Pfizer, Merck Lead Strata Oncology’s $26M Series B Round

In what company leaders describe as a “huge step,” Ann Arbor, MI-based precision medicine startup Strata Oncology this week closed a $26 million Series B investment round led by Pfizer Ventures and the Merck Global Health Innovation Fund.

Other contributors to the round include Deerfield Management, Renaissance Venture Capital Fund, Arboretum Ventures, and Baird Capital. Since its inception three years ago, Strata has raised a total of $38 million.

Strata CEO and co-founder Dan Rhodes calls the new capital—and the fact that Pfizer and Merck are backing the company—an important validation of Strata’s approach to advancing precision oncology and tumor sequencing.

“As often happens, when you try to solve a big problem, you find out it’s bigger and harder, but also that there is more opportunity,” Rhodes says. “We now have the resources to realize our grand vision.” Or, at least, move closer to realizing it.

Strata launched in 2015 with a mission to help bring free tumor sequencing services to as many cancer patients as possible. To help accomplish that, the company has established the Strata Precision Oncology Network, a group of cancer centers collaborating to help boost access to precision medicine. Strata started the network in 2016 to provide later-stage cancer patients with better access to tumor sequencing, the idea being that it will help match them to the right clinical trials. (Strata receives compensation from pharmaceutical companies for patient recruitment.)

Despite the promise of targeted therapies, genomic testing remains expensive because the tests are not yet widely covered by health insurance and are often inaccessible to patients who don’t live near a major cancer center or clinical trial site, Rhodes says. Some of the healthcare organizations participating in Strata’s network include Wisconsin’s Aurora Health Care, the University of North Carolina Lineberger Comprehensive Cancer Center, Kaiser Permanente-Northern California, and the University of Wisconsin Carbone Cancer Center.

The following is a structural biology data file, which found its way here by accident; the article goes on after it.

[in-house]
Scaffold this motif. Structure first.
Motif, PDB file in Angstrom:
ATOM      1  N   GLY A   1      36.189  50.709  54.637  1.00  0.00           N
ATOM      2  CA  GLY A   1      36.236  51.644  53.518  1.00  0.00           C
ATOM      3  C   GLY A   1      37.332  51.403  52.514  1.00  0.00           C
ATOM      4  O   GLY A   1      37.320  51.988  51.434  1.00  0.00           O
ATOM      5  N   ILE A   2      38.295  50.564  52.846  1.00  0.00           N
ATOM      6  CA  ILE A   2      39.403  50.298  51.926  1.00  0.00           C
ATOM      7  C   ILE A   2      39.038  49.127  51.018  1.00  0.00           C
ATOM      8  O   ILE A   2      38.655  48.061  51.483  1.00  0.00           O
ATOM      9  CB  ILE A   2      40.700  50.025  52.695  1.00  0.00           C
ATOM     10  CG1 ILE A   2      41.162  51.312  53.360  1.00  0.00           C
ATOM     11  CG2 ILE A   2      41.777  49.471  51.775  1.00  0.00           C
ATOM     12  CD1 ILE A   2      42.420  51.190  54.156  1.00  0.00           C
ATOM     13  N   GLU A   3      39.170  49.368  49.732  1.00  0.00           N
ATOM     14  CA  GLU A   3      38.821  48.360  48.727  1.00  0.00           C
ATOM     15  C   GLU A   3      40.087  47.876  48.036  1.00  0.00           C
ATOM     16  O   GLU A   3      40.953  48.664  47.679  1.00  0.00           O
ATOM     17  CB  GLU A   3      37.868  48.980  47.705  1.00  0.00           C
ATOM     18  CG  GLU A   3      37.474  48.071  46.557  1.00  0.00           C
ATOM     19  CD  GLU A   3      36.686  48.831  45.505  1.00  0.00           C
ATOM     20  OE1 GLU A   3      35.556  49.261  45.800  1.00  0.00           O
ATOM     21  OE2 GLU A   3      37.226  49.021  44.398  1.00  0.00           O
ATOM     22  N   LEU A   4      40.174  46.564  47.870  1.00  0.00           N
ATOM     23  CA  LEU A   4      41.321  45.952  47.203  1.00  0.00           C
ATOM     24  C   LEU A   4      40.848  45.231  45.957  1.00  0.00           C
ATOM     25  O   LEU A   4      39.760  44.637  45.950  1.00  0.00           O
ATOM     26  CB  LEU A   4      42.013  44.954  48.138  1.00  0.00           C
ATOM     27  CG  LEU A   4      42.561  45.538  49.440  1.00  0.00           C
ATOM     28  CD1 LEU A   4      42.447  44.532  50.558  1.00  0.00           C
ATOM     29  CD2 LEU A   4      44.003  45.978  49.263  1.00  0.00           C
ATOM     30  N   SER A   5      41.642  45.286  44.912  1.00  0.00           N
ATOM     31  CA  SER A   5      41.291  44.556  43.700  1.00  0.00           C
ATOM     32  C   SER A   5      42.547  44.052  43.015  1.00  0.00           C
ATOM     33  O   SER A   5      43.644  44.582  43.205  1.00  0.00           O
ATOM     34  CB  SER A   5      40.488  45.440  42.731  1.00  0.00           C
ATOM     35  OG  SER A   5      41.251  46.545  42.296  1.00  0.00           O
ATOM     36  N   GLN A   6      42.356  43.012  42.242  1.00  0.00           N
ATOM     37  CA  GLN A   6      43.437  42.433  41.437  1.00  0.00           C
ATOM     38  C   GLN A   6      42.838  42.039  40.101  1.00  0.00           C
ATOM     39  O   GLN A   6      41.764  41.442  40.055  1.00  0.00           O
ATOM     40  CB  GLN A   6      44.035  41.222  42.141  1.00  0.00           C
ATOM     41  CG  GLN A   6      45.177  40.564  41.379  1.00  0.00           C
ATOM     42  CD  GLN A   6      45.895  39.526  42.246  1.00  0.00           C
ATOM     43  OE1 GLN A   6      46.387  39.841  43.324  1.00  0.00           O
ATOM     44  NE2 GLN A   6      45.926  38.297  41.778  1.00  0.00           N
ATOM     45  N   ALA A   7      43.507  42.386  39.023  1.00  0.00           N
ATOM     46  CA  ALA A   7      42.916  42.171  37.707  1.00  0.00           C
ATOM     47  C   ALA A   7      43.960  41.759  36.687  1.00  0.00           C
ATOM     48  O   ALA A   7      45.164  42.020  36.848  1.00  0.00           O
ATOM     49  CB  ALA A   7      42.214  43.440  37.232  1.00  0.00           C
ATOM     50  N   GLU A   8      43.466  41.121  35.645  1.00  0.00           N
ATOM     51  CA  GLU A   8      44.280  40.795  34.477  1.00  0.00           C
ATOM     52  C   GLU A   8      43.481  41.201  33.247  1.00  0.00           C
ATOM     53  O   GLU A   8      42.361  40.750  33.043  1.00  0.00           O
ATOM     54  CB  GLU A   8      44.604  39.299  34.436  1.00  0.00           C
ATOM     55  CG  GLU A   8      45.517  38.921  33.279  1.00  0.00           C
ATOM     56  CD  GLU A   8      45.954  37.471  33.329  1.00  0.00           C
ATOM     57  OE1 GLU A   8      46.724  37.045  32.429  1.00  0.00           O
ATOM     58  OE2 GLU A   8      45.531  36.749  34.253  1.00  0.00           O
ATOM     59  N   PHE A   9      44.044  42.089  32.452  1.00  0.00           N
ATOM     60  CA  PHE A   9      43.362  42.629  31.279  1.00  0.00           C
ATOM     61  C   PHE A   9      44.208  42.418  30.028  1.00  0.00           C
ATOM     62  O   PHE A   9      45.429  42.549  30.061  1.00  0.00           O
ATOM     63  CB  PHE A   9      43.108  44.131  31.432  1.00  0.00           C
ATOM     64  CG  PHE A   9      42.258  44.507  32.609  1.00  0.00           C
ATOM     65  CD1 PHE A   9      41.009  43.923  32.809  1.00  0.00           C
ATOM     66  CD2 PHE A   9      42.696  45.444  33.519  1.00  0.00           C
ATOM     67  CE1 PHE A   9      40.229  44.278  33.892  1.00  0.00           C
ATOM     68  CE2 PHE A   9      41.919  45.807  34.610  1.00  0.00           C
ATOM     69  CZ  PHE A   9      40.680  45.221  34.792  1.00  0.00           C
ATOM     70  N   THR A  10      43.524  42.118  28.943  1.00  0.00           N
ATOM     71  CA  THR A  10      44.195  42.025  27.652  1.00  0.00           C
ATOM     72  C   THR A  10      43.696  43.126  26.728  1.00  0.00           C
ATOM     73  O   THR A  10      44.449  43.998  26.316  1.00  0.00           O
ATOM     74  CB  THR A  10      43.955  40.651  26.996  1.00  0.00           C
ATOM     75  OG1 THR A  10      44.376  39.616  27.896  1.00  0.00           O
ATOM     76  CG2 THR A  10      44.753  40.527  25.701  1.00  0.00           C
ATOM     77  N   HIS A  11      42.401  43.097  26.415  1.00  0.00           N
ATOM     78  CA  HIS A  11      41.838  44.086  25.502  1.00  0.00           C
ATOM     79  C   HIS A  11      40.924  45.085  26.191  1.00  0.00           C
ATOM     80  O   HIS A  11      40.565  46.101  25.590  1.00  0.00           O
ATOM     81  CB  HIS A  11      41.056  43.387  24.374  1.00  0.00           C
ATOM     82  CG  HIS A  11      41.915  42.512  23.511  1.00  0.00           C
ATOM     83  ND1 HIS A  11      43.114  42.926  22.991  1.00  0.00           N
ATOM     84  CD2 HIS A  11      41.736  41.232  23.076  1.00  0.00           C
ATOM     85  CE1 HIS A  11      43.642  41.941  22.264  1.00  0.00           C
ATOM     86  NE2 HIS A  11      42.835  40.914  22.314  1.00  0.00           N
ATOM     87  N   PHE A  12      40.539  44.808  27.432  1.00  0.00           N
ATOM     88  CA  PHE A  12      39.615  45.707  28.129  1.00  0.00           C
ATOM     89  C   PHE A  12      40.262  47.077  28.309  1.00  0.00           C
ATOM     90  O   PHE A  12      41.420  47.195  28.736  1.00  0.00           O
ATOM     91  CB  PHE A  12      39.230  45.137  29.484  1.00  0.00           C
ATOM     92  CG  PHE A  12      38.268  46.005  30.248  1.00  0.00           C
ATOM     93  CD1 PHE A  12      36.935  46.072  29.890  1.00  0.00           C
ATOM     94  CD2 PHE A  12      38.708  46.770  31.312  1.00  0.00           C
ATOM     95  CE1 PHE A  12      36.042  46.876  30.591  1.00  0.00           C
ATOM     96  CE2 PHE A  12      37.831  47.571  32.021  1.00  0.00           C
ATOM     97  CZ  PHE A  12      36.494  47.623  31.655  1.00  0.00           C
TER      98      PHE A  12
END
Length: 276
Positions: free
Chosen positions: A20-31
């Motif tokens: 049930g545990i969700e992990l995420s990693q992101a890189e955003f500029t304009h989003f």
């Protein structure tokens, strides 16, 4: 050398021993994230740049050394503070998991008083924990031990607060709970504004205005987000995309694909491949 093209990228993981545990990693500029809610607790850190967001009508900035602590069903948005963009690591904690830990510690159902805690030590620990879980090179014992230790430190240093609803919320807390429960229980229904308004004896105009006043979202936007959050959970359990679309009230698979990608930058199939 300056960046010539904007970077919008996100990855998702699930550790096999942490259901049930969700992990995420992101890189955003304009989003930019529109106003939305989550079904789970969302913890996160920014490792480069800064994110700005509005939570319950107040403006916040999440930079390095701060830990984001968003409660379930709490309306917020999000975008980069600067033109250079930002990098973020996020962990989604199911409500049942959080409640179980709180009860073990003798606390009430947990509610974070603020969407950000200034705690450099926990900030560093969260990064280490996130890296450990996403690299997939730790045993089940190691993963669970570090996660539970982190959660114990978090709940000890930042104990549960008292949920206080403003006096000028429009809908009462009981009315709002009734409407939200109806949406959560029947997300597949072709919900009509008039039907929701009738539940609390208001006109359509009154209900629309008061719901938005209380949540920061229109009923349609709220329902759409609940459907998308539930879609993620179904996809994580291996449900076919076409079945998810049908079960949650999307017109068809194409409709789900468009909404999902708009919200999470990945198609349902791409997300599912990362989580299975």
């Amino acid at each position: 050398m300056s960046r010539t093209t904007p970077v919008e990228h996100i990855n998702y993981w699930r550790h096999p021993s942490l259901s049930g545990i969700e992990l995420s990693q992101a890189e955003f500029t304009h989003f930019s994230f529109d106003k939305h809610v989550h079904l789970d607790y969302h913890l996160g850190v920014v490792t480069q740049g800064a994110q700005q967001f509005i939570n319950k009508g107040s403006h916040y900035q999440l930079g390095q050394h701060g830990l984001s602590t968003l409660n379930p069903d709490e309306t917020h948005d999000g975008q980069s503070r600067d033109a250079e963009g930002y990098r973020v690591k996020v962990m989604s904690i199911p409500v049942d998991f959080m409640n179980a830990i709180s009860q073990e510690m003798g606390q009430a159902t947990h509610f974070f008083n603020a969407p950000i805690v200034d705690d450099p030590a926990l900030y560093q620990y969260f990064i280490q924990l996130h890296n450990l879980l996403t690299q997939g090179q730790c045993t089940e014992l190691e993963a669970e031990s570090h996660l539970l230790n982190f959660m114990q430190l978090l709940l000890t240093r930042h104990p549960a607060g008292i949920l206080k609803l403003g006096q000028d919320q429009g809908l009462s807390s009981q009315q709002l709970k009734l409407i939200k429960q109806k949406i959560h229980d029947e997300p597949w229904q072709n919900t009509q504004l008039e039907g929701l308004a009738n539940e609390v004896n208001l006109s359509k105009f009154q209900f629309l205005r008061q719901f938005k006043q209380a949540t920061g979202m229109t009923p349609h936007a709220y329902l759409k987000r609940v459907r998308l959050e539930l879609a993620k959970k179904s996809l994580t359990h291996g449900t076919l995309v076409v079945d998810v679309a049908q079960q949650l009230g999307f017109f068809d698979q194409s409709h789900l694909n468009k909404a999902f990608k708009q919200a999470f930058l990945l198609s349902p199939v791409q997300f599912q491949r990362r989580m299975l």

Rhodes says Strata will use the new capital to expand its precision oncology network; build out the company’s clinical-genomic data and software tools; submit its tumor molecular profiling assay StrataNGS for approval by the FDA; and launch a study aiming to discover expanded uses for drugs that are already on the market.

The “indication expansion” study gives Strata the opportunity to “take on the conduct of drug trials,” Rhodes says. When a new drug is approved, Rhodes says, it is usually approved for one narrowly defined use. Instead of each drug company running its own indication expansion studies, Strata will facilitate testing on appropriate patients in its precision oncology network.

“We have the opportunity to substantially broaden the use of those approved drugs in other cancers with similar genetic profiles,” he says. “We can enable the next wave of indication expansion for approved drugs. It’s a much more efficient way to unlock huge market potential.”

Rhodes says another major focus for Strata this year is on the data and software side of the business.

“To systemize precision medicine—to do it well and respect the time of busy oncologists—we need to do it with data and software as much as we can,” he adds. “We’re investing heavily in tools to integrate our data with telehealth platforms to better track the treatment history and outcomes for the patients we test.”

The 30-person company is also on a hiring spree. Rhodes says Strata plans to add an additional 20 employees over the course of the year, adding to its current headcount of 30.

“We’ve hit a value inflection point,” he says. “Having Pfizer and Merck behind us validates our approach to precision medicine, and the new capital allows us to go as big as we need to to realize our vision. It gives us confidence that we are here to stay and doing things in a big way.”

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